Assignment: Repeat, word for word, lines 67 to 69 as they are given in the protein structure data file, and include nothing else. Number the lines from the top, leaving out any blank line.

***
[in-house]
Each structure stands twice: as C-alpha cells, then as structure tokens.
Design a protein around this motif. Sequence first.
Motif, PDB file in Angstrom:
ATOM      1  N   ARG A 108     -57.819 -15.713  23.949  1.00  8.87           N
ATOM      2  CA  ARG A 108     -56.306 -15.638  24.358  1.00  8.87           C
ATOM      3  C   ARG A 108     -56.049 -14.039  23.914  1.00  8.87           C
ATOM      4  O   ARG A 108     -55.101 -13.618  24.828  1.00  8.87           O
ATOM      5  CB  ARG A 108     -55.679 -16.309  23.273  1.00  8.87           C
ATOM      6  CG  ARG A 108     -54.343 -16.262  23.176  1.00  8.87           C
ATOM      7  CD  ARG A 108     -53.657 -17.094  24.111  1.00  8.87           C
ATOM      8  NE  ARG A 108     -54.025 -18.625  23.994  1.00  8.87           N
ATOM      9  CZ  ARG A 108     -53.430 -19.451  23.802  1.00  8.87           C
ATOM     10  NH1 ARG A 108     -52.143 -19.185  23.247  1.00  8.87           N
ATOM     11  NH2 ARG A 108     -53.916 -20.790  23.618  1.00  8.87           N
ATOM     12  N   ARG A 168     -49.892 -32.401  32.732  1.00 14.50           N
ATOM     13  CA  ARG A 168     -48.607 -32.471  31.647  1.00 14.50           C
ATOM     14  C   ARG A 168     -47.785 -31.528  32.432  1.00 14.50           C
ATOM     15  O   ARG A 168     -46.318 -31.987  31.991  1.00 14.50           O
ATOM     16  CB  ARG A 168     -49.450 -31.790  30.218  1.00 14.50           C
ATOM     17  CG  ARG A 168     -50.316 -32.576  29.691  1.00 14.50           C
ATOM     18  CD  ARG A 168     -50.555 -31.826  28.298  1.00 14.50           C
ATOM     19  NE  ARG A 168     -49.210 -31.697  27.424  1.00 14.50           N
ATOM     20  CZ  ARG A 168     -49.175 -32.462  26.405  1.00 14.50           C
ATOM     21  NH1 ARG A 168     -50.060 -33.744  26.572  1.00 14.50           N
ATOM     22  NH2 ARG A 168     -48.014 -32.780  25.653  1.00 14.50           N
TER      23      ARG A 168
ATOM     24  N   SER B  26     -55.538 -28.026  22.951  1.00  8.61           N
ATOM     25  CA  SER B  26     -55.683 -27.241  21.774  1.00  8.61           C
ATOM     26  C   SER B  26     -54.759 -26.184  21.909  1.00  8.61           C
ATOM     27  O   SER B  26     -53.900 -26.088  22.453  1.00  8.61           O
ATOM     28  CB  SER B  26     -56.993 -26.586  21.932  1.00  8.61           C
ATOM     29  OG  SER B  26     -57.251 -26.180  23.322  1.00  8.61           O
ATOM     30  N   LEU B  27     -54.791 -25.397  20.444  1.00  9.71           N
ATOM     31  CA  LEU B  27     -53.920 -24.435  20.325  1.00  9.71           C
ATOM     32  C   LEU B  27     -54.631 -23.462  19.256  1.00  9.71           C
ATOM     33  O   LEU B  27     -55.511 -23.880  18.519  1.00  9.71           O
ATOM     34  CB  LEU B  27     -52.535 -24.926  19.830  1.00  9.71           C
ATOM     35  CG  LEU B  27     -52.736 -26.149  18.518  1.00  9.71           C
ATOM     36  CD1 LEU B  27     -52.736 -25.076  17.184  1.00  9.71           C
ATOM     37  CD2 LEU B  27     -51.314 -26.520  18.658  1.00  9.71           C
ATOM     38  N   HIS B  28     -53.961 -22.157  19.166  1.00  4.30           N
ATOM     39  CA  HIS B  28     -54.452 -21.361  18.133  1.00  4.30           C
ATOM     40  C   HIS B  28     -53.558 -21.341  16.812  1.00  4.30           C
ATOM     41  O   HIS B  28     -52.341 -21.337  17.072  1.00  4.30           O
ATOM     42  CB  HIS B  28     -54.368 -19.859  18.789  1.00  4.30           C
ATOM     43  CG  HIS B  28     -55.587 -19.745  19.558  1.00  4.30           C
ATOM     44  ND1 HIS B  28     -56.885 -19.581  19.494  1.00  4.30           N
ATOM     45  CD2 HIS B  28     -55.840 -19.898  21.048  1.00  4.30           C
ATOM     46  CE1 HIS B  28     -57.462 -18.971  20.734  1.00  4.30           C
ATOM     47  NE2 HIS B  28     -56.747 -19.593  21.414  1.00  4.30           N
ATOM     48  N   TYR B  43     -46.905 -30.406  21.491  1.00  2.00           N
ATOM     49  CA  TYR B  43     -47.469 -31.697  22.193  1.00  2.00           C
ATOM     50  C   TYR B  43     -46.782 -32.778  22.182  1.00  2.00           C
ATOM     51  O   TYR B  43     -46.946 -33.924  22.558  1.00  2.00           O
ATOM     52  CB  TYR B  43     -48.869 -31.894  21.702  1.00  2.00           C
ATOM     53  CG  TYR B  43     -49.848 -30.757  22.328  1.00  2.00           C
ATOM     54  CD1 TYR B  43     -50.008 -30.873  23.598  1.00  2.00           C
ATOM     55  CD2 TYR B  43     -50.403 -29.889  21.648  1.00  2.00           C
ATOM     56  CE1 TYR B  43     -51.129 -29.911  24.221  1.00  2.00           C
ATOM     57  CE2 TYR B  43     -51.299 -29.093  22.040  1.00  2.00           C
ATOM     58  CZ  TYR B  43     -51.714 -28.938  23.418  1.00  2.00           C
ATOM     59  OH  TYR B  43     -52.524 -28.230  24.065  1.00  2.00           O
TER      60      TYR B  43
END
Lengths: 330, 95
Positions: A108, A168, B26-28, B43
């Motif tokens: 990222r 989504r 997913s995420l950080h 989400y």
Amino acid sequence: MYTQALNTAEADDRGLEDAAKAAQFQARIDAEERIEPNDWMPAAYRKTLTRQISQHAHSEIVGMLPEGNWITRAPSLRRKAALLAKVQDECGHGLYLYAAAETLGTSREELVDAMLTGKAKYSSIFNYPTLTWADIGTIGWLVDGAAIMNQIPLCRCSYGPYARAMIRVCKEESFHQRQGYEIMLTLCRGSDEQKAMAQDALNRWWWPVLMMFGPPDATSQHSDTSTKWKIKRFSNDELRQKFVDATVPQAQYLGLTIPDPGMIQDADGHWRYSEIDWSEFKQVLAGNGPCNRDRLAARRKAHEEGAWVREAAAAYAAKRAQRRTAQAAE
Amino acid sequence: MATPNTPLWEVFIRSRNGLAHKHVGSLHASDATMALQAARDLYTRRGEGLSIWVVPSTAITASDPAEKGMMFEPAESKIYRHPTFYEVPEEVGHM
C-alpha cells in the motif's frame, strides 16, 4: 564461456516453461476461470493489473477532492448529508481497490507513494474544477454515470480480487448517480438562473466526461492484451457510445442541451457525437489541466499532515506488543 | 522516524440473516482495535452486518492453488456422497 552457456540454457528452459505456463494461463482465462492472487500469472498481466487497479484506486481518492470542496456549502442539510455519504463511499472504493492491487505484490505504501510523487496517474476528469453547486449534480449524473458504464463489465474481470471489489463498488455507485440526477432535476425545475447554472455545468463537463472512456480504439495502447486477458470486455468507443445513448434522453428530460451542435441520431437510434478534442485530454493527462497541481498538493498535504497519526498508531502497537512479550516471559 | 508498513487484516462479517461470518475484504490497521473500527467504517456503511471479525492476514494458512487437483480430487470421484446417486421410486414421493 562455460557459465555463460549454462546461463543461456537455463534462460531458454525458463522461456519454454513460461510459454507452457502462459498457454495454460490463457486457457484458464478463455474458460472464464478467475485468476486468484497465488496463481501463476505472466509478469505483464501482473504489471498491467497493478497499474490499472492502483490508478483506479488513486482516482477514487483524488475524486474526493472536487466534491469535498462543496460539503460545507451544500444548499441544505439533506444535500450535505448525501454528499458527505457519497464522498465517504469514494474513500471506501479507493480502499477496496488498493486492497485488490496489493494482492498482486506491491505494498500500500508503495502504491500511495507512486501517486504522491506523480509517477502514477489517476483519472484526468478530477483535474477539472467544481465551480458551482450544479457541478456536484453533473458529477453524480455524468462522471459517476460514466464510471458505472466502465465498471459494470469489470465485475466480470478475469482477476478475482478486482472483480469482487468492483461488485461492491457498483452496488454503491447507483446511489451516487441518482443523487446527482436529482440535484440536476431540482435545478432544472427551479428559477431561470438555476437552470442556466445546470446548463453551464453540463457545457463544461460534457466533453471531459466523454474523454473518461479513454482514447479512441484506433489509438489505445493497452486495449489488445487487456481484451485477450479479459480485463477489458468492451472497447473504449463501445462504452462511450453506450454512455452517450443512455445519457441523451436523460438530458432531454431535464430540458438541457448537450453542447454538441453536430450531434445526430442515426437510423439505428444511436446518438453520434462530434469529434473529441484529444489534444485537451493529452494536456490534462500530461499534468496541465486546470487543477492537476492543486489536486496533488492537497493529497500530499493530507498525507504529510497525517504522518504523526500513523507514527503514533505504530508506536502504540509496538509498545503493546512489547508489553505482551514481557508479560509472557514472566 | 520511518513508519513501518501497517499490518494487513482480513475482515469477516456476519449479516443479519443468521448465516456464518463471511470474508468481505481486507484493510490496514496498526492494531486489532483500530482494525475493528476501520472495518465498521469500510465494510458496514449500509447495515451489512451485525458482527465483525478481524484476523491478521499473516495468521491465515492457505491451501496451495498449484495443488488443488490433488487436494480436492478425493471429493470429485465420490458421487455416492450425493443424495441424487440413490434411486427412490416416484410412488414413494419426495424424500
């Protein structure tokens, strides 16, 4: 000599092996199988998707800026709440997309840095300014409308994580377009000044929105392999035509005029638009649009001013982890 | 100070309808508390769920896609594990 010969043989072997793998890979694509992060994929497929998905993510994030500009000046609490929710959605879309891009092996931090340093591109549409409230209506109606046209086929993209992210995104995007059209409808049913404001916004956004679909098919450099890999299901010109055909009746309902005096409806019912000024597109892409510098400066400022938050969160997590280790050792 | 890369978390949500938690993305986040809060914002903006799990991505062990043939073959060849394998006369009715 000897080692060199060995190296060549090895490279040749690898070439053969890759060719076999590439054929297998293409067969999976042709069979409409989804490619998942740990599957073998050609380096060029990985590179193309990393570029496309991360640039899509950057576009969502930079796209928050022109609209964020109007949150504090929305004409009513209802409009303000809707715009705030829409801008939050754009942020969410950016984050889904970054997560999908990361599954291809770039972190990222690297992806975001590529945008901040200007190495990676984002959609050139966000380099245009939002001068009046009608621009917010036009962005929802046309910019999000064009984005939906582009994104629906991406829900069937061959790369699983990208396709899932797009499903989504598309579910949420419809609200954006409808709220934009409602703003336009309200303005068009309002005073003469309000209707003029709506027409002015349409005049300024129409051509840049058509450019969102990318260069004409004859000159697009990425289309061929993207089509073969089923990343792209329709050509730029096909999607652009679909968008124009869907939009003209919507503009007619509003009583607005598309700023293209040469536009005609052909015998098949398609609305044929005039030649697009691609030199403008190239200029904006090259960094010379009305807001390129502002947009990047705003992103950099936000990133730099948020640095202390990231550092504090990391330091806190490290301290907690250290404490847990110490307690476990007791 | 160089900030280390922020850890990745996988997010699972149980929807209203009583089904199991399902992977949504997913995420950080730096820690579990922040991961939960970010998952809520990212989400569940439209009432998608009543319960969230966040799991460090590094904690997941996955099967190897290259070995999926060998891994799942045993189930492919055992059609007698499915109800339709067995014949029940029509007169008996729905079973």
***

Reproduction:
Positions: A108, A168, B26-28, B43
């Motif tokens: 990222r 989504r 997913s995420l950080h 989400y």
Amino acid sequence: MYTQALNTAEADDRGLEDAAKAAQFQARIDAEERIEPNDWMPAAYRKTLTRQISQHAHSEIVGMLPEGNWITRAPSLRRKAALLAKVQDECGHGLYLYAAAETLGTSREELVDAMLTGKAKYSSIFNYPTLTWADIGTIGWLVDGAAIMNQIPLCRCSYGPYARAMIRVCKEESFHQRQGYEIMLTLCRGSDEQKAMAQDALNRWWWPVLMMFGPPDATSQHSDTSTKWKIKRFSNDELRQKFVDATVPQAQYLGLTIPDPGMIQDADGHWRYSEIDWSEFKQVLAGNGPCNRDRLAARRKAHEEGAWVREAAAAYAAKRAQRRTAQAAE